The shot that killed the 'peace process'
With everything else that has happened over the past two months, Mitchell Bard argues that there was one shot - and only one - that has permanent consequences. It's the shot that killed the 'peace process
As dangerous as the overall barrage has been, it was one rocket in
particular that may have completely changed the prospects for a
two-state solution. That rocket did not kill anyone and caused little
direct damage; however, the fact that it was within a mile of Israel's
international airport was enough to scare the United States and most
other countries to cancel their flights in and out of Israel.
no rockets have come anywhere near a commercial airliner or hit the
airport itself, but the mere possibility was sufficient to put Israel's
economy in potential jeopardy. At the height of the tourist season,
flights were cancelled and Israel's principal artery to the outside
world was isolated.
Imagine if a rocket did hit the airport or was in the vicinity of an
airplane, never mind the catastrophic implications of actually downing a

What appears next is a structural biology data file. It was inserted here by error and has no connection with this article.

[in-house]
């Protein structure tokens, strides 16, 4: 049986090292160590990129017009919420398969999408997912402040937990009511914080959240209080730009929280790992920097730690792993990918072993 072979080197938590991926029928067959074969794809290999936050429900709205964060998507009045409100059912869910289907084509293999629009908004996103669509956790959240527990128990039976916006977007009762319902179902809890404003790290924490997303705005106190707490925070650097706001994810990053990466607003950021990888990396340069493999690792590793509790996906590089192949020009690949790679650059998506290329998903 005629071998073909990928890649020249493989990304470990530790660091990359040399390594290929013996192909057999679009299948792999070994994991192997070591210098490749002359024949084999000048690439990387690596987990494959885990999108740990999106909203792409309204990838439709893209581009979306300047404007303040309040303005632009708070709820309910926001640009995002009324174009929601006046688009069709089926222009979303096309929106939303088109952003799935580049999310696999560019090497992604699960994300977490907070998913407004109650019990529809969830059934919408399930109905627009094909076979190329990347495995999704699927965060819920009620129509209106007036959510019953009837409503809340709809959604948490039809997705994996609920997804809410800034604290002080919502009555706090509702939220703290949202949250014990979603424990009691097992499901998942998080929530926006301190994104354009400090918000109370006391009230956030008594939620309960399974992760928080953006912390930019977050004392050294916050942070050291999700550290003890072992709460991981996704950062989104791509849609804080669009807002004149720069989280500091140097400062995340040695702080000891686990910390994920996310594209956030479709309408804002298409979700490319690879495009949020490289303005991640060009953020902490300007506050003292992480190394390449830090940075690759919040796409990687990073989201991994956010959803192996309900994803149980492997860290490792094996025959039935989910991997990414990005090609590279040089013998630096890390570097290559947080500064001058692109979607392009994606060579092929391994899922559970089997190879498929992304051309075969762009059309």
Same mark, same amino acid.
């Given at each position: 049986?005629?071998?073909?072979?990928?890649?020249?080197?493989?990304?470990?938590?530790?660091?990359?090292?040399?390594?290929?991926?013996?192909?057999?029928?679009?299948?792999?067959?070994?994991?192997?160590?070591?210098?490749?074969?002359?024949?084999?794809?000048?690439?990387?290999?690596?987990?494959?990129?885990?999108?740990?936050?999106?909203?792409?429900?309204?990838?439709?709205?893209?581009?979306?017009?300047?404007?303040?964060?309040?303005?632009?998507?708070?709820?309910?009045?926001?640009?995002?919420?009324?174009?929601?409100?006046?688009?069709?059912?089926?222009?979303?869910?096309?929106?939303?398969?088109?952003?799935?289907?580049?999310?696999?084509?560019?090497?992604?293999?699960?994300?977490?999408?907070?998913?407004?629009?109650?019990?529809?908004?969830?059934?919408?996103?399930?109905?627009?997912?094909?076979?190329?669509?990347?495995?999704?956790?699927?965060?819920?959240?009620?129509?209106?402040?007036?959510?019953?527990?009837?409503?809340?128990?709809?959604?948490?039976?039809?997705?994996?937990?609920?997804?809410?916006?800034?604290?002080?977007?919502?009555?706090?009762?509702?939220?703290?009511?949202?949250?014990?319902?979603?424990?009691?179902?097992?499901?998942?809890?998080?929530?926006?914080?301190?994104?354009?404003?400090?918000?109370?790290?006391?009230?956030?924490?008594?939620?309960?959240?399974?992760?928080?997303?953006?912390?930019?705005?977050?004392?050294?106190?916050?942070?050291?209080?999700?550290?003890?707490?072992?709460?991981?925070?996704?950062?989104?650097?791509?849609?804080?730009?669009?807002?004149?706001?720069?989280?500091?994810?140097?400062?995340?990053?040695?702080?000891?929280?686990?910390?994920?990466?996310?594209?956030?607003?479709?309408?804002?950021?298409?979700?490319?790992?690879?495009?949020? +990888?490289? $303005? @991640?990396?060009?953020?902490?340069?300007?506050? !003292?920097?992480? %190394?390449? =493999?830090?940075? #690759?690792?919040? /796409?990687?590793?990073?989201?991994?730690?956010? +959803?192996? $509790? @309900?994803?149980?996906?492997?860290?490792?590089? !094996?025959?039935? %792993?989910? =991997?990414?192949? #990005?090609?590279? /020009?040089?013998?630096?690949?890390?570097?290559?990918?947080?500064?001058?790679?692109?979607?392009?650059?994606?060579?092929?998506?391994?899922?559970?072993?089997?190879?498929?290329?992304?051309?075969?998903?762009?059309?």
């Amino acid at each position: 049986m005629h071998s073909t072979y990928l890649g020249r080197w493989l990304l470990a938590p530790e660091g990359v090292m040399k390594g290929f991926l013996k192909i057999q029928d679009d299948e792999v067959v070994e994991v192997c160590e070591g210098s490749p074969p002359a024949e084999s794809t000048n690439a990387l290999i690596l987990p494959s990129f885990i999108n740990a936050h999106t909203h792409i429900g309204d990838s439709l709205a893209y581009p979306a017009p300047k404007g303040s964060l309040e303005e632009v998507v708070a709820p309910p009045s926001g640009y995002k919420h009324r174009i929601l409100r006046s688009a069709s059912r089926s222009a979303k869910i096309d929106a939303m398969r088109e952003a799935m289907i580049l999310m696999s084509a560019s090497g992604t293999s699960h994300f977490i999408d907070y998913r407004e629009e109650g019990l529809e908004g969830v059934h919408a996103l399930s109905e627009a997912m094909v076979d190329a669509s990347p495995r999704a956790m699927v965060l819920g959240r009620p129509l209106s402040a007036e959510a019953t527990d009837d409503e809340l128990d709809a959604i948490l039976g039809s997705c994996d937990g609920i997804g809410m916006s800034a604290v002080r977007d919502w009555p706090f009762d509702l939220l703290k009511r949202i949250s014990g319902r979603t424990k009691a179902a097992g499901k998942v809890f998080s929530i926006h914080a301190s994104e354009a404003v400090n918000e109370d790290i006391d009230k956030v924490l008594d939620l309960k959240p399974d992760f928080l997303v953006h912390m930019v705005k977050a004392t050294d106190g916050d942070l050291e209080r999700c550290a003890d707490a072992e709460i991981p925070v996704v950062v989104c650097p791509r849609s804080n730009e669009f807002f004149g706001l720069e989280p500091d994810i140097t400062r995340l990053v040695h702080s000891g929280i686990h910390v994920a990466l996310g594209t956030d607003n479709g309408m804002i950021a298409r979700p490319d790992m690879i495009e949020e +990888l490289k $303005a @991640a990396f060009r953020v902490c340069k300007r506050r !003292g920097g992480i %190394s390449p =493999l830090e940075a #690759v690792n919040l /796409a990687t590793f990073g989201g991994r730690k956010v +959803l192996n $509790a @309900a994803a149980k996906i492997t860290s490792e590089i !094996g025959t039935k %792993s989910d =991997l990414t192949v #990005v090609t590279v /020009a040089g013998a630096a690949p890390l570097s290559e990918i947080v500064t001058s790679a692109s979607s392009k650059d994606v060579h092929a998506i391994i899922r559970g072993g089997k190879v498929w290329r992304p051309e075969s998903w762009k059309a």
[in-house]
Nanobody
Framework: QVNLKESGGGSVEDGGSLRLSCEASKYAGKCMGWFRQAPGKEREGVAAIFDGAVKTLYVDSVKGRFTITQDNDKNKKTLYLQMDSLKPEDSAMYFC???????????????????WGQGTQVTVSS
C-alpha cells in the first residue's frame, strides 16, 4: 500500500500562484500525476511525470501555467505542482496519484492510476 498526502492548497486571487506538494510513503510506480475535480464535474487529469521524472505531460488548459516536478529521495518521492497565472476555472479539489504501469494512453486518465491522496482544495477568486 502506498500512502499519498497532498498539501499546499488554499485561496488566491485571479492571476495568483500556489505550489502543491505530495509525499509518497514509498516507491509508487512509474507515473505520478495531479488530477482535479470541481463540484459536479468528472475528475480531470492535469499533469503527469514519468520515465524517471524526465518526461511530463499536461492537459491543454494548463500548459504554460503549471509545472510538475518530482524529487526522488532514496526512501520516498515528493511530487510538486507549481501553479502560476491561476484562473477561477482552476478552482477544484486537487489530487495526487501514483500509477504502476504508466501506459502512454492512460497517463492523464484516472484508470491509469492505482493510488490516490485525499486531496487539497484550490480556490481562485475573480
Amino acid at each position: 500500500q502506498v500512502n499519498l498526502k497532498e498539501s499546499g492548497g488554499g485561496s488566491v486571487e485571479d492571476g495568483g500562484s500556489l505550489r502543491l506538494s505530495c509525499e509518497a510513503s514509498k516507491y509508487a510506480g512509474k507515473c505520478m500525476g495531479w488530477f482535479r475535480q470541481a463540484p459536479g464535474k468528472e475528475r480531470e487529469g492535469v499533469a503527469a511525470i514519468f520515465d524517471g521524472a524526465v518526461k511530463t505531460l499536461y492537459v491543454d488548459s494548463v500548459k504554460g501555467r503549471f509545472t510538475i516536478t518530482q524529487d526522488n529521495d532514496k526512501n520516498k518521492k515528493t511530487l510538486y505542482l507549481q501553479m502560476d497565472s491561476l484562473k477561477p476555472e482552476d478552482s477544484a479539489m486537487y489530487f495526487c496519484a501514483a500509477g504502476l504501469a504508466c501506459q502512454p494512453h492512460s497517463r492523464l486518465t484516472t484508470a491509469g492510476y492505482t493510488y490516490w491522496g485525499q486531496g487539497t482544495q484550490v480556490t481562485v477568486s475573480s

jet. If Israel gives up strategic territory in the West Bank, one
Palestinian with an animus toward Israel could smuggle or construct a
crude weapon that could reach the airport and, because Iron Dome cannot
hit rockets fired short distances, there would be no defense.
legitimately fear that the West Bank, less than 30 miles from Tel Aviv,
6 miles from Ben-Gurion Airport and a few feet from Jerusalem, will
turn into Hamastan where the entire heart of Israel would be within easy rocket range.
How many Israelis will be willing to take this risk now? Would you?
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Labels: Ben Gurion Airport, Gaza, Hamas, Hamas rockets, IDF, Middle East peace process, Operation Protective Edge